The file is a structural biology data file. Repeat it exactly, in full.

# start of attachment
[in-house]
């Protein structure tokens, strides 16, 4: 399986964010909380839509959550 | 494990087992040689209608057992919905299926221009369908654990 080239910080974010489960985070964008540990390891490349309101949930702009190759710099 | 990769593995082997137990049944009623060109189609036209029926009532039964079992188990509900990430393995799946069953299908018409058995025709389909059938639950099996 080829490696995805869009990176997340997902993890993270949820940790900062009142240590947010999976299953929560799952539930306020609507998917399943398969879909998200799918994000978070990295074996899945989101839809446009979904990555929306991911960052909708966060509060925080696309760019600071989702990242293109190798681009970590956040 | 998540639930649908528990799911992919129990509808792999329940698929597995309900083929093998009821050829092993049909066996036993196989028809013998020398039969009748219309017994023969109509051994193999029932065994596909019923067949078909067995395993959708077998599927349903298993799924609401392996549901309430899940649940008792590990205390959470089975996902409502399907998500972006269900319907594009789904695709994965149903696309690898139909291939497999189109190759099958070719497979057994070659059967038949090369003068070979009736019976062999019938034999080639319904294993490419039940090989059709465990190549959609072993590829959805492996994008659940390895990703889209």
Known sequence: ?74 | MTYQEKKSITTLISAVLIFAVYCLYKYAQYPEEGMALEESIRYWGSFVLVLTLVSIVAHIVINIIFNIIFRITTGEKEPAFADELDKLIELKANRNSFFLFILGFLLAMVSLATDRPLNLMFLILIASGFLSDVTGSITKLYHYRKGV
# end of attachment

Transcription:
[in-house]
């Protein structure tokens, strides 16, 4: 399986964010909380839509959550 | 494990087992040689209608057992919905299926221009369908654990 080239910080974010489960985070964008540990390891490349309101949930702009190759710099 | 990769593995082997137990049944009623060109189609036209029926009532039964079992188990509900990430393995799946069953299908018409058995025709389909059938639950099996 080829490696995805869009990176997340997902993890993270949820940790900062009142240590947010999976299953929560799952539930306020609507998917399943398969879909998200799918994000978070990295074996899945989101839809446009979904990555929306991911960052909708966060509060925080696309760019600071989702990242293109190798681009970590956040 | 998540639930649908528990799911992919129990509808792999329940698929597995309900083929093998009821050829092993049909066996036993196989028809013998020398039969009748219309017994023969109509051994193999029932065994596909019923067949078909067995395993959708077998599927349903298993799924609401392996549901309430899940649940008792590990205390959470089975996902409502399907998500972006269900319907594009789904695709994965149903696309690898139909291939497999189109190759099958070719497979057994070659059967038949090369003068070979009736019976062999019938034999080639319904294993490419039940090989059709465990190549959609072993590829959805492996994008659940390895990703889209």
Known sequence: ?74 | MTYQEKKSITTLISAVLIFAVYCLYKYAQYPEEGMALEESIRYWGSFVLVLTLVSIVAHIVINIIFNIIFRITTGEKEPAFADELDKLIELKANRNSFFLFILGFLLAMVSLATDRPLNLMFLILIASGFLSDVTGSITKLYHYRKGV